Seeds, glorious seeds! Before the storm we had houseguests all week. Both family and friends. That was a lot of cooking and laundry. Our relatives brought me spices and foodstuffs from Kashmir. Our friends brought me seeds. SWOON. All sorts of flower and vegetable seeds. Chilis, tomatoes, eggplants, cucumbers, radish, marigolds, salvia, petunias, celosia, gomphrena, haak, and kohlrabi. I planted the eggplant seeds already. Most of the flowers will have to wait until September to be planted. 

These are kulchas from Kashmir.  My family brought these on their visit. Kulcha means 'fat one' and their shape is decidedly plump. They are simply ghee and wheat flour made into pastry which is topped with white poppy seeds and baked in a tandoori oven.

Kulchas are quite flaky and crumbly much like a well made savory pie crust. They are a little bit salty and not at all sweet. Kulchas are one of the traditional breads baked at local tandoori bakeries called a kandar or kandhur in Kashmir. These typically would be eaten fresh out of the oven with noon chai (salt tea) in the afternoon. Rice is the staple carbohydrate in Kashmir, these Persian-inspired wheat breads are generally only served for breakfast and afternoon tea time.

And lastly, this is the Sheikh's (my husband) gift to me. Eight glorious bags of cow manure. That's a lot of poop! The gardener and I have been kvetching at him for ages for fertilizer. I've made do with the chemical stuff and the compost heap won't be ready until the next 6 months. The Sheikh has really gotten to like having flowers year 'round in the garden and fresh veg too. He doesn't really participate in the gardening except to stroll about and admire though. ;)

And as I sit here typing on Tuesday evening it is pouring rain again. It started clear, sunny, and hot but with nightfall came more rain. (That ought to get those eggplant seeds sprouted.) As you can see above the kitties lounged on the patio table as usual. Tikka is the grey striped tabby using her mama the black cat (Chinger) as a mattress. The kitties look a bit green as the new patio umbrella they are sitting under is green - the old one blew away in the storm. We have been without power for 2 days and without internet for 4 days. I do have recipes ready to go though! Yippee!

Calmly currying on,


  1. Those glasses are ridiculously silly, no wonder the neighbours were enraptured by them!
    Lots going on in your part of the world.
    The thunderstorms on the subcontinent are incredible, stunning to watch but absolutely devastating for many. We were in Goa one April when a bolt of lightning struck the village cow shed, causing the death of 12 cows.
    I love the gaudiness of the seed packets and I wouldn't mind one of those kulchas with the spicy broccoli soup I'm making for lunch.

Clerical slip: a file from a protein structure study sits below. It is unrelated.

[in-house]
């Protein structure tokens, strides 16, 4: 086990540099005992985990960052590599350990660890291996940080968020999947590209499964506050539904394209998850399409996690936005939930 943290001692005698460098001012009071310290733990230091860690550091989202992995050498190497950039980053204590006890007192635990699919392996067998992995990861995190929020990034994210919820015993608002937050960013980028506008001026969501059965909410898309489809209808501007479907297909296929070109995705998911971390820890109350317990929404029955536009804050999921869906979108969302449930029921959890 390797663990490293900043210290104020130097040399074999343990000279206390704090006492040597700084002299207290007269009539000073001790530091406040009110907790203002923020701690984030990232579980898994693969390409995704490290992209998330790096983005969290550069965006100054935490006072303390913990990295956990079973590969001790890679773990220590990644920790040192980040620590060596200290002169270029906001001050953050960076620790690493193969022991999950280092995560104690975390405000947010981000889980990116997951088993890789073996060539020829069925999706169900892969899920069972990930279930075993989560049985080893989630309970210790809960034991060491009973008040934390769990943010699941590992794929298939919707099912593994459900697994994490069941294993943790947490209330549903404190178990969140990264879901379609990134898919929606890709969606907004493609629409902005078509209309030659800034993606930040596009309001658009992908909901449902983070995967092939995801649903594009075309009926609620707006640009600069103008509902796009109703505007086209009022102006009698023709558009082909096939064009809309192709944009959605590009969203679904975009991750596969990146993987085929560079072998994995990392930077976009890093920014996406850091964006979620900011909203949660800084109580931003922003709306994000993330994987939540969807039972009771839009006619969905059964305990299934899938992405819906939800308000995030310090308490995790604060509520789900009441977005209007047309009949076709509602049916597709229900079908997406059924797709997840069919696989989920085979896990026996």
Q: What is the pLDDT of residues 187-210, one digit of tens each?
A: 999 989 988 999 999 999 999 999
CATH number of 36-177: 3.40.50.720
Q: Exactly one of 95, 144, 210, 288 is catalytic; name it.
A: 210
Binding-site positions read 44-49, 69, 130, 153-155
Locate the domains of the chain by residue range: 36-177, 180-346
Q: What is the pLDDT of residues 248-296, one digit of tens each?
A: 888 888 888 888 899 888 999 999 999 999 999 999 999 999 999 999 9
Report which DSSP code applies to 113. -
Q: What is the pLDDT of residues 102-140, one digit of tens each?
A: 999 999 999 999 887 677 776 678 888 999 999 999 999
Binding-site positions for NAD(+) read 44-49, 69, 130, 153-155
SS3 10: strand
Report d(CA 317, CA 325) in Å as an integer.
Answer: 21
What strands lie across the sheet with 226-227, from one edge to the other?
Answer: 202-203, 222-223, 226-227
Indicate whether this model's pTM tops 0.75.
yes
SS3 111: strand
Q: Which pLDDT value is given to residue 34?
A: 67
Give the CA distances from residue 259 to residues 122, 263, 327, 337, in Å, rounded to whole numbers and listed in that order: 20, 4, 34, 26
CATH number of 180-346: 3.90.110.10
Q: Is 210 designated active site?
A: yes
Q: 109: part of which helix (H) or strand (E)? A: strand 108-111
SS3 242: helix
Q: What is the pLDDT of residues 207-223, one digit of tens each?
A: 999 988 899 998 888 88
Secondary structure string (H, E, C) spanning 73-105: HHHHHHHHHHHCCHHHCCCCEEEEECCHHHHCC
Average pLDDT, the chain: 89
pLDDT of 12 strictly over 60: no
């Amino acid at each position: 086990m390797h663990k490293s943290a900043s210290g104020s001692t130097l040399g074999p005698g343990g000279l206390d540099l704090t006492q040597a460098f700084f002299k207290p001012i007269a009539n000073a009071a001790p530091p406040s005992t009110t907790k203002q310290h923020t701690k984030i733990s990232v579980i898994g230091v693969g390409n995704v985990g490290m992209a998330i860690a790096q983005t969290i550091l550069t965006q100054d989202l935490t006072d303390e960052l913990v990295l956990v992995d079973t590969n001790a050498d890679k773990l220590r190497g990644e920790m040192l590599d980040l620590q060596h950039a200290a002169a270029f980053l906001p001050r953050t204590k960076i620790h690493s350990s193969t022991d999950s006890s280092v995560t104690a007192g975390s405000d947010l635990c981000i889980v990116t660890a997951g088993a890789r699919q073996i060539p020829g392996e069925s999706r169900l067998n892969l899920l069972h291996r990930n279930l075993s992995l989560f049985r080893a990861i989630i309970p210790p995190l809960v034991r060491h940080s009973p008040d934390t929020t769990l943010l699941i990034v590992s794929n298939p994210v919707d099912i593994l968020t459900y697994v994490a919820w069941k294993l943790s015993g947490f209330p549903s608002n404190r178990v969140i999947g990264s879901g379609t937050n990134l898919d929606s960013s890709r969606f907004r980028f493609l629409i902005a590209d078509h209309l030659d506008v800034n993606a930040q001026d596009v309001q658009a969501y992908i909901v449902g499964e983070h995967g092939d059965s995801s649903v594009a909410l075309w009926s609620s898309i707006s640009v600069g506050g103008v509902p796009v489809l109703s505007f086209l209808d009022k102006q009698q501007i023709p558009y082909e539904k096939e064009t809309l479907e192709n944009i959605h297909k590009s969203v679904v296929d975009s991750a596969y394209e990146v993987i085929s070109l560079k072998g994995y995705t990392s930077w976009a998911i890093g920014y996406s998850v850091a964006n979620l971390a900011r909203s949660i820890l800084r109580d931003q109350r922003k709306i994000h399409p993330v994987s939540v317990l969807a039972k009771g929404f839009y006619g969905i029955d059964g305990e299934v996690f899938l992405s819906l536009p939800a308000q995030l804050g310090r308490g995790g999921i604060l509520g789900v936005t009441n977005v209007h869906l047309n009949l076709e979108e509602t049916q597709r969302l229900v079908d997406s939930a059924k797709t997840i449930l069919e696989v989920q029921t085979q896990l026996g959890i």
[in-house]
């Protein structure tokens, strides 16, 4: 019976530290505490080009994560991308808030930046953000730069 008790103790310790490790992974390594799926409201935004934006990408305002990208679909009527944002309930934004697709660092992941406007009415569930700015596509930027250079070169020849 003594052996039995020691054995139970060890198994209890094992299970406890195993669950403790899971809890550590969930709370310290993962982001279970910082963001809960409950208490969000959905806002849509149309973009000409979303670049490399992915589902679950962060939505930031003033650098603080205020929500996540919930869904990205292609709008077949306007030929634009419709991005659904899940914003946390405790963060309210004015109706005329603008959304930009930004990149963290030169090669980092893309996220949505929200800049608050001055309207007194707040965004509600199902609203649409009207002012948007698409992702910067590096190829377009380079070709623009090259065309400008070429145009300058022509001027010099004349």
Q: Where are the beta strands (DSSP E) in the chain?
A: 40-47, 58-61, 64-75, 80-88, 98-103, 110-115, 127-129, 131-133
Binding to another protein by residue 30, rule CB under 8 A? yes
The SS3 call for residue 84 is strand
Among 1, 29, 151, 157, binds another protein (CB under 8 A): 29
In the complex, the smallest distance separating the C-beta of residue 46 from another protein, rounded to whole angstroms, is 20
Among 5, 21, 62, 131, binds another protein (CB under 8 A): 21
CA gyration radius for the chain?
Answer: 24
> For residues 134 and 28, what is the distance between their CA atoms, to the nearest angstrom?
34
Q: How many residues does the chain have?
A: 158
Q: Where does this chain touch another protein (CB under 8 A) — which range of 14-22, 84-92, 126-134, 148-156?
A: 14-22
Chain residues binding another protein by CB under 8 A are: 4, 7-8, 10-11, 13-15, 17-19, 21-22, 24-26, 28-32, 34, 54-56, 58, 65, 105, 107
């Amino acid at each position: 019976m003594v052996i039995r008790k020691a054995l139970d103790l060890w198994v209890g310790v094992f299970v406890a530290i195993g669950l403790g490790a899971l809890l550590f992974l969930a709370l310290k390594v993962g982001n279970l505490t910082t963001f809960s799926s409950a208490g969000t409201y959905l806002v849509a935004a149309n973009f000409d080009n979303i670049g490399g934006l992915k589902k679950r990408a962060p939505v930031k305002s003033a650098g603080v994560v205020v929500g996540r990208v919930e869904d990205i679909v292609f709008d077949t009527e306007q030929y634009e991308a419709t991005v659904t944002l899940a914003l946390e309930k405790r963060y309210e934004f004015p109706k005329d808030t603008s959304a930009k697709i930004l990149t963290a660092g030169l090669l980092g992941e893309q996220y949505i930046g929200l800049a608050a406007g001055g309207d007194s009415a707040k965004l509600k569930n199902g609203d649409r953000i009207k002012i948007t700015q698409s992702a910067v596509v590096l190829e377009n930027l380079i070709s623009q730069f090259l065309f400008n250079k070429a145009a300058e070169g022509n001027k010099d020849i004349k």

Those cats!!! I love them. xxx

  2. Hi Vix,
    It is 3 pm as I write this. The sky is black after a beautifully sunny morning AGAIN and it is pouring buckets with heavy winds.
    I just ran around the house bolting all the windows shut because rain is blasting against the house like a firehouse alternately from the east and south. The lightning is coming fast & furious and the air reeks of ozone.
    I am a Californicator! I'm not used to extreme weather! It never rains in California like the song goes!
    I have to admit to hitting the saturate button a few too many times to see how far I could get the colors on the seed packets photo to get them to pop.

    Havin' a kulcha with my afternoon cuppa chai on yet another rainy day, wishin' you were here!

  3. As we enter our second week of "severe weather" here in the Midwest, I'm grateful that my little home is located on the high side of the river valley, aka, "high and dry". The sump pump is running continuously nonetheless; the clay soil is completely saturated and water is standing on fields and roads. And it's chilly! (I refuse to turn on the heat in May; however, I have piled the blankets back on the bed and invited the cats to join me.)

    Hot tea helps. Our expedition to The Jungle in Cincinnati was a glorious success. I scored Taylor Lapsang Soochong and Assam teas, strong enough to take milk and get me off to work and through the day. A kulcha or two would be welcome to lift my spirits and energy level...

    Lightning strikes do carry that aura of "bolts from the gods." A maternal great-grandfather died when a ball of lightning traveled down a kitchen stove pipe, knocked the oven door off the stove, rolled across the cabin floor and struck him. On the other side of the family, I've a cousin who has been struck in the head by lightning - twice. His granny, my aunt, said that explained why he belonged to the "wrong" political party. (He's mayor of a small city.)